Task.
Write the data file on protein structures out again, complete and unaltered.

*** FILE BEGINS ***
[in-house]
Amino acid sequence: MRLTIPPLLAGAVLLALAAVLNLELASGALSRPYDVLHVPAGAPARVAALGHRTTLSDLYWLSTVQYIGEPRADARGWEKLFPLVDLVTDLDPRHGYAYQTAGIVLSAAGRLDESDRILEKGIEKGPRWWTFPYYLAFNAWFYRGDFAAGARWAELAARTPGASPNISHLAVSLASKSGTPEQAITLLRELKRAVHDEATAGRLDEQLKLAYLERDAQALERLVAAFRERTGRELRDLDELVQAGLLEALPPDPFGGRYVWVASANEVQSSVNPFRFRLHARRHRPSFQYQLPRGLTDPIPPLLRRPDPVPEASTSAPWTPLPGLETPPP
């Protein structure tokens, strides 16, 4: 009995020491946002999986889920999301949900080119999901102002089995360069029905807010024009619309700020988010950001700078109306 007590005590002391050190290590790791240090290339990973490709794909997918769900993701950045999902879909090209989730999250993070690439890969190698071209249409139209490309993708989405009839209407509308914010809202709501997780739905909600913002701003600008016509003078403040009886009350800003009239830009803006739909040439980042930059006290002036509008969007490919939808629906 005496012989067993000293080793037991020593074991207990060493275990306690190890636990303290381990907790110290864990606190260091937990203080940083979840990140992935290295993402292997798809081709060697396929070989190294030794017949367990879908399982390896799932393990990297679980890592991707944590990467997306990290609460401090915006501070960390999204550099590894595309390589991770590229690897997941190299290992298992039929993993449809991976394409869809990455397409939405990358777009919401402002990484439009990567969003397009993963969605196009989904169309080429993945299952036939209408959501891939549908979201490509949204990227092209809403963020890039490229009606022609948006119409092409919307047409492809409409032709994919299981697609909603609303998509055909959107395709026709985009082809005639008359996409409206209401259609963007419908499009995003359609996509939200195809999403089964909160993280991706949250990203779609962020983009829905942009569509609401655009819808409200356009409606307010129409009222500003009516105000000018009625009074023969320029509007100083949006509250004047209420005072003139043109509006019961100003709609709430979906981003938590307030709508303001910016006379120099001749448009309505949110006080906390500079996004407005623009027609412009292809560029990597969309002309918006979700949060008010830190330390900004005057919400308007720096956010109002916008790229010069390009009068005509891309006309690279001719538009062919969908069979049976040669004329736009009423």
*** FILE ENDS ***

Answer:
[in-house]
Amino acid sequence: MRLTIPPLLAGAVLLALAAVLNLELASGALSRPYDVLHVPAGAPARVAALGHRTTLSDLYWLSTVQYIGEPRADARGWEKLFPLVDLVTDLDPRHGYAYQTAGIVLSAAGRLDESDRILEKGIEKGPRWWTFPYYLAFNAWFYRGDFAAGARWAELAARTPGASPNISHLAVSLASKSGTPEQAITLLRELKRAVHDEATAGRLDEQLKLAYLERDAQALERLVAAFRERTGRELRDLDELVQAGLLEALPPDPFGGRYVWVASANEVQSSVNPFRFRLHARRHRPSFQYQLPRGLTDPIPPLLRRPDPVPEASTSAPWTPLPGLETPPP
């Protein structure tokens, strides 16, 4: 009995020491946002999986889920999301949900080119999901102002089995360069029905807010024009619309700020988010950001700078109306 007590005590002391050190290590790791240090290339990973490709794909997918769900993701950045999902879909090209989730999250993070690439890969190698071209249409139209490309993708989405009839209407509308914010809202709501997780739905909600913002701003600008016509003078403040009886009350800003009239830009803006739909040439980042930059006290002036509008969007490919939808629906 005496012989067993000293080793037991020593074991207990060493275990306690190890636990303290381990907790110290864990606190260091937990203080940083979840990140992935290295993402292997798809081709060697396929070989190294030794017949367990879908399982390896799932393990990297679980890592991707944590990467997306990290609460401090915006501070960390999204550099590894595309390589991770590229690897997941190299290992298992039929993993449809991976394409869809990455397409939405990358777009919401402002990484439009990567969003397009993963969605196009989904169309080429993945299952036939209408959501891939549908979201490509949204990227092209809403963020890039490229009606022609948006119409092409919307047409492809409409032709994919299981697609909603609303998509055909959107395709026709985009082809005639008359996409409206209401259609963007419908499009995003359609996509939200195809999403089964909160993280991706949250990203779609962020983009829905942009569509609401655009819808409200356009409606307010129409009222500003009516105000000018009625009074023969320029509007100083949006509250004047209420005072003139043109509006019961100003709609709430979906981003938590307030709508303001910016006379120099001749448009309505949110006080906390500079996004407005623009027609412009292809560029990597969309002309918006979700949060008010830190330390900004005057919400308007720096956010109002916008790229010069390009009068005509891309006309690279001719538009062919969908069979049976040669004329736009009423």